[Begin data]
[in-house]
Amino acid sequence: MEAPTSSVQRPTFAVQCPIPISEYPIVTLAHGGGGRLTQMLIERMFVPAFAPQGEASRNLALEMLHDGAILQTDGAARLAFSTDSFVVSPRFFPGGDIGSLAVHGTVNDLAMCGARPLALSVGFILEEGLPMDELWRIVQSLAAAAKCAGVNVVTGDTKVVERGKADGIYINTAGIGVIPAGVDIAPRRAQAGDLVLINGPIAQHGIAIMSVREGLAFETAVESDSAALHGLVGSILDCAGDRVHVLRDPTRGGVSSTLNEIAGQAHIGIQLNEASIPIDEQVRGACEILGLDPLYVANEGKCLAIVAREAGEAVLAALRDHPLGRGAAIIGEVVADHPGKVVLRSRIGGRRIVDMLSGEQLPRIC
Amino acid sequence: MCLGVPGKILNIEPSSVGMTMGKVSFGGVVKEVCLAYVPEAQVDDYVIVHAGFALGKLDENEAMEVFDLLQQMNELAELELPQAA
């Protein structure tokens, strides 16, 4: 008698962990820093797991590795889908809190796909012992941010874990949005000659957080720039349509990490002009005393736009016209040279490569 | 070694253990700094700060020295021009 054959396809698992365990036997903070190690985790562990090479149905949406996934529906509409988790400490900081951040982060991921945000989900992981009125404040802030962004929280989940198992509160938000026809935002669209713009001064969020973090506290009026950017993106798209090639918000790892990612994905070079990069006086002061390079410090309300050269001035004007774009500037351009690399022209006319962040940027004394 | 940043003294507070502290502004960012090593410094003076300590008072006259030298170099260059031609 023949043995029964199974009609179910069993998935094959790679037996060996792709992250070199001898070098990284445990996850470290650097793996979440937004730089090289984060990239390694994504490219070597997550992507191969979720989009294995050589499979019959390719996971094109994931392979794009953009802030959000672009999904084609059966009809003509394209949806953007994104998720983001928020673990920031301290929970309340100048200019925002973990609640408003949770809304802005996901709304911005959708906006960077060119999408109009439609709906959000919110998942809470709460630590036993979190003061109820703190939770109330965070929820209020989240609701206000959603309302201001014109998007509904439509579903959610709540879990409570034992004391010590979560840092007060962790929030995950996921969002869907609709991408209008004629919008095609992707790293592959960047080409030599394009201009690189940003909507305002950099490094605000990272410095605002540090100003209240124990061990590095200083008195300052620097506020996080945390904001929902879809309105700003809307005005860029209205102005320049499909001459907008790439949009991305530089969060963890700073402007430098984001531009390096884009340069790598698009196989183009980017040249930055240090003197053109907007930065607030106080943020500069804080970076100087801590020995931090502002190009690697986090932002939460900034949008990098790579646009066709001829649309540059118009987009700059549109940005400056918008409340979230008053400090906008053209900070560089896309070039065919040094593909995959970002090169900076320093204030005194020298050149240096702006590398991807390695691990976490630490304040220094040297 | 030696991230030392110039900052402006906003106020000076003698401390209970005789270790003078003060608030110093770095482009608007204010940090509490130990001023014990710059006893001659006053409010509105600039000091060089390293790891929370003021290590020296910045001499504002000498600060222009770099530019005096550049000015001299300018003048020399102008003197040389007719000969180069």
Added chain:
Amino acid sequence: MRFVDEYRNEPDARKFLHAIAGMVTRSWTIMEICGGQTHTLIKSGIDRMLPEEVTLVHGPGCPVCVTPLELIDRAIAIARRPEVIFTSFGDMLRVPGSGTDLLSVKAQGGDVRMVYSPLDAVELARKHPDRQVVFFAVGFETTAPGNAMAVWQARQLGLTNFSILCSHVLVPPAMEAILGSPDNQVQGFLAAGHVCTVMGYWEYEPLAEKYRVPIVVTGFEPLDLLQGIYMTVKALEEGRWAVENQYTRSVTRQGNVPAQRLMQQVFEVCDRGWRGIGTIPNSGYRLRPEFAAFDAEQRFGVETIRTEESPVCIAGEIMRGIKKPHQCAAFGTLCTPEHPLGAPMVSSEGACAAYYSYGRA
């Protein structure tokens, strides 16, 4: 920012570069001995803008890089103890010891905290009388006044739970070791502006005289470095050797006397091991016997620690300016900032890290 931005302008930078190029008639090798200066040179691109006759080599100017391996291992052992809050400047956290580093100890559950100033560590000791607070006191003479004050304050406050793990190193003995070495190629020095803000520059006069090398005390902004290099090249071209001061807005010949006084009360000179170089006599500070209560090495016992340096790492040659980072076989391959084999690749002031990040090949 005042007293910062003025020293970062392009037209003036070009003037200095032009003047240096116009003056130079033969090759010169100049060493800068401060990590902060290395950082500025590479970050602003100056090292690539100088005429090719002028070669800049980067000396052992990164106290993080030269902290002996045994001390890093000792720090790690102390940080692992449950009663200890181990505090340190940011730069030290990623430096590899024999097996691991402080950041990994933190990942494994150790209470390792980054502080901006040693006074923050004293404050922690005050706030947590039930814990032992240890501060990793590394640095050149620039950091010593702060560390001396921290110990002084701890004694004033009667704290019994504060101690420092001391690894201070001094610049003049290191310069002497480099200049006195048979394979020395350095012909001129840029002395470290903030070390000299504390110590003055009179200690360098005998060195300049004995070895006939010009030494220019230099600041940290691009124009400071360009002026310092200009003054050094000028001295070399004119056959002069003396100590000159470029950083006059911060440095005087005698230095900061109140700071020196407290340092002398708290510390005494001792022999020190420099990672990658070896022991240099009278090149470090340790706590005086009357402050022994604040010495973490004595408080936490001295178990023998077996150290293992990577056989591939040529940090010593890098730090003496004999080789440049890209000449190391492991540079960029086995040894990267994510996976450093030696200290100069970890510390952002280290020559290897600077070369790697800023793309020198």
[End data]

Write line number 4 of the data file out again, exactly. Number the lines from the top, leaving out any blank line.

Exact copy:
């Protein structure tokens, strides 16, 4: 008698962990820093797991590795889908809190796909012992941010874990949005000659957080720039349509990490002009005393736009016209040279490569 | 070694253990700094700060020295021009 054959396809698992365990036997903070190690985790562990090479149905949406996934529906509409988790400490900081951040982060991921945000989900992981009125404040802030962004929280989940198992509160938000026809935002669209713009001064969020973090506290009026950017993106798209090639918000790892990612994905070079990069006086002061390079410090309300050269001035004007774009500037351009690399022209006319962040940027004394 | 940043003294507070502290502004960012090593410094003076300590008072006259030298170099260059031609 023949043995029964199974009609179910069993998935094959790679037996060996792709992250070199001898070098990284445990996850470290650097793996979440937004730089090289984060990239390694994504490219070597997550992507191969979720989009294995050589499979019959390719996971094109994931392979794009953009802030959000672009999904084609059966009809003509394209949806953007994104998720983001928020673990920031301290929970309340100048200019925002973990609640408003949770809304802005996901709304911005959708906006960077060119999408109009439609709906959000919110998942809470709460630590036993979190003061109820703190939770109330965070929820209020989240609701206000959603309302201001014109998007509904439509579903959610709540879990409570034992004391010590979560840092007060962790929030995950996921969002869907609709991408209008004629919008095609992707790293592959960047080409030599394009201009690189940003909507305002950099490094605000990272410095605002540090100003209240124990061990590095200083008195300052620097506020996080945390904001929902879809309105700003809307005005860029209205102005320049499909001459907008790439949009991305530089969060963890700073402007430098984001531009390096884009340069790598698009196989183009980017040249930055240090003197053109907007930065607030106080943020500069804080970076100087801590020995931090502002190009690697986090932002939460900034949008990098790579646009066709001829649309540059118009987009700059549109940005400056918008409340979230008053400090906008053209900070560089896309070039065919040094593909995959970002090169900076320093204030005194020298050149240096702006590398991807390695691990976490630490304040220094040297 | 030696991230030392110039900052402006906003106020000076003698401390209970005789270790003078003060608030110093770095482009608007204010940090509490130990001023014990710059006893001659006053409010509105600039000091060089390293790891929370003021290590020296910045001499504002000498600060222009770099530019005096550049000015001299300018003048020399102008003197040389007719000969180069």